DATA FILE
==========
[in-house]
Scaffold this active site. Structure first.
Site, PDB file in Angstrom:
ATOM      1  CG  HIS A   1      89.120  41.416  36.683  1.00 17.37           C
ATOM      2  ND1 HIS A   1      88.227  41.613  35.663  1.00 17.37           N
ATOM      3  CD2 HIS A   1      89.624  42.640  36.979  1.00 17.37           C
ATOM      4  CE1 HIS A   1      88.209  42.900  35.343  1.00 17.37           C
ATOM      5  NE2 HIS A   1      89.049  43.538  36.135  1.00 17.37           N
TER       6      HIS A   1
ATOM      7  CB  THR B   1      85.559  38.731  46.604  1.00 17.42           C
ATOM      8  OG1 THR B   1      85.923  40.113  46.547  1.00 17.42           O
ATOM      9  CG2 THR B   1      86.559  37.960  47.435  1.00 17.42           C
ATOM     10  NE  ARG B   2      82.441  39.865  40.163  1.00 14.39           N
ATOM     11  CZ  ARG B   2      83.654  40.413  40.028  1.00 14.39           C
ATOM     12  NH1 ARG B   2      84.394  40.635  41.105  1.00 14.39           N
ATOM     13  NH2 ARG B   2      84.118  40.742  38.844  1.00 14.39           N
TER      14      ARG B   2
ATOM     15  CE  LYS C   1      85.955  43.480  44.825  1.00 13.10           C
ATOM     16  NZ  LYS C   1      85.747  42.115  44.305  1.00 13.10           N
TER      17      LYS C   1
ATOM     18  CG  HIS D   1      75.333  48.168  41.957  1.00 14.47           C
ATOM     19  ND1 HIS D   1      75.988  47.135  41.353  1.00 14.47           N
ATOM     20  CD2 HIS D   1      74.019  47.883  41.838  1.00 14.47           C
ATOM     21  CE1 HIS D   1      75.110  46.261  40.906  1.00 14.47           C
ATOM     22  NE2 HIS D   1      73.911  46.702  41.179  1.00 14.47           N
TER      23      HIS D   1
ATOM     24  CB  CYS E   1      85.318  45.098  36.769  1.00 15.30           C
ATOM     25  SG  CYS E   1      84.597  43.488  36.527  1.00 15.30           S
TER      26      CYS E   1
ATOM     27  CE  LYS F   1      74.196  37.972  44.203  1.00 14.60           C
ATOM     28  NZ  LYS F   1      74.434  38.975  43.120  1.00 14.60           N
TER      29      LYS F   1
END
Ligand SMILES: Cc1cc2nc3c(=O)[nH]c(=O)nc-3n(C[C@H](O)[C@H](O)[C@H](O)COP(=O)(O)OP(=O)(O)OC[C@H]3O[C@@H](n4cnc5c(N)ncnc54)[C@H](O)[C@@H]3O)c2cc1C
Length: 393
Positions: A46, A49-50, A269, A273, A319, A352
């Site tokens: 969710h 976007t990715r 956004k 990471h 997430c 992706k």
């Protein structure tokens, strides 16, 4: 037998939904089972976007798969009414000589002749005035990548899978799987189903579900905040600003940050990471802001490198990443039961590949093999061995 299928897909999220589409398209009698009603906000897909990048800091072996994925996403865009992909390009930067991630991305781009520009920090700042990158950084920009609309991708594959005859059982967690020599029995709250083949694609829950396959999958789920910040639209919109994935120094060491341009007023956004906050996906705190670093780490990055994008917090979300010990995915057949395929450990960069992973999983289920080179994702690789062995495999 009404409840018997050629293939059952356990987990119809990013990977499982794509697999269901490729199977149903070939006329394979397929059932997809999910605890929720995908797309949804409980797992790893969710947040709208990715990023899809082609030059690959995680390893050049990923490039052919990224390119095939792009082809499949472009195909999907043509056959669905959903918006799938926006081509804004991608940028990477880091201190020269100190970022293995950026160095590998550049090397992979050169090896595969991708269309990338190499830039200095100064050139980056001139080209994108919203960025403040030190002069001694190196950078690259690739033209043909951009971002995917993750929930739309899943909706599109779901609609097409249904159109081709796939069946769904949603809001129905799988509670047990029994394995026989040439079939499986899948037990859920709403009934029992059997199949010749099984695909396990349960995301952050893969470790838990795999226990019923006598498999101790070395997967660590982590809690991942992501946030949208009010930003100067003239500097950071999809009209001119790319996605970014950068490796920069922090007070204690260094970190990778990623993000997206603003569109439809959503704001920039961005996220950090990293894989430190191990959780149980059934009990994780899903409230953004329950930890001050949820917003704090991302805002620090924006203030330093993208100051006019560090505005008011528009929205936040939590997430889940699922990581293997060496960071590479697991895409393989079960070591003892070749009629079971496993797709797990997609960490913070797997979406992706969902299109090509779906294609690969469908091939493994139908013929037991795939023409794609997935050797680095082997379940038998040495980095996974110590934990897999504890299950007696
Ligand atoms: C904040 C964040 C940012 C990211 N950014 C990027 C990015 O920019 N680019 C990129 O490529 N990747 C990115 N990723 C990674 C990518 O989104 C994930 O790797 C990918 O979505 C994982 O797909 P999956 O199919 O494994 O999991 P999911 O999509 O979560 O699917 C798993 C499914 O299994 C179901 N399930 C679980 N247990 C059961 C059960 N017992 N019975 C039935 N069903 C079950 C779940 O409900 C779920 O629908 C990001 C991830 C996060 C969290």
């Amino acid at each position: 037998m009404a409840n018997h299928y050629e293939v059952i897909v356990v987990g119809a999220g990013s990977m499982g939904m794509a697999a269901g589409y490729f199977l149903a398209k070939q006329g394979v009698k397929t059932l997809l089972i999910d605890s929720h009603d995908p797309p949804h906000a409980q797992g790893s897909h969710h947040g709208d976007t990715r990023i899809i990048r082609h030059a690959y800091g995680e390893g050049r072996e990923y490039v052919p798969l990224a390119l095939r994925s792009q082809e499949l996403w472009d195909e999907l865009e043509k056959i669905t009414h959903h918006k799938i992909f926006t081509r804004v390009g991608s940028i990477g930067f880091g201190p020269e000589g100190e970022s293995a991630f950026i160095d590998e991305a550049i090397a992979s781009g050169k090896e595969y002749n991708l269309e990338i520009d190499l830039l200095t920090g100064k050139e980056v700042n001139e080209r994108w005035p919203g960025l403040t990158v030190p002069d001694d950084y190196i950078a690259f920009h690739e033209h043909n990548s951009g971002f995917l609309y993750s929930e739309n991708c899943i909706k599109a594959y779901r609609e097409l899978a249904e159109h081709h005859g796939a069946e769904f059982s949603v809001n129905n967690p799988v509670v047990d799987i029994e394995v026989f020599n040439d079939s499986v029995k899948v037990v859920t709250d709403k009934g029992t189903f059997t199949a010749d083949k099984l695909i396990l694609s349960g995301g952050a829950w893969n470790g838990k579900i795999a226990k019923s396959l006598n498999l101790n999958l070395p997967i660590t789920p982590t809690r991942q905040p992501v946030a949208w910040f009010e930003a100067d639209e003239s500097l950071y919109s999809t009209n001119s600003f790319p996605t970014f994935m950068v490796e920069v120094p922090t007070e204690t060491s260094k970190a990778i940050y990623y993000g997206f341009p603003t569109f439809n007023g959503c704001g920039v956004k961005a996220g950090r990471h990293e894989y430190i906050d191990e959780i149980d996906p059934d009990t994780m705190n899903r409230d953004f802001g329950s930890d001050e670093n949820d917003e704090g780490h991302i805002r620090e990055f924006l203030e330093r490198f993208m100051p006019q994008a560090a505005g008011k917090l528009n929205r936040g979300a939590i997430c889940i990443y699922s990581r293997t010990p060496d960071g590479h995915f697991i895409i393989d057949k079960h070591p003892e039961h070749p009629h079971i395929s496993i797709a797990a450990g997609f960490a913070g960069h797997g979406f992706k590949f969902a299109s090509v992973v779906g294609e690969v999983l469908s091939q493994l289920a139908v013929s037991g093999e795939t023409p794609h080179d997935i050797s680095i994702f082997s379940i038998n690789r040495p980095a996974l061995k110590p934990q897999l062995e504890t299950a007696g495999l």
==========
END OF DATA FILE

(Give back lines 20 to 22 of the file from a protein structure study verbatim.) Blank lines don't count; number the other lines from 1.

TER      17      LYS C   1
ATOM     18  CG  HIS D   1      75.333  48.168  41.957  1.00 14.47           C
ATOM     19  ND1 HIS D   1      75.988  47.135  41.353  1.00 14.47           N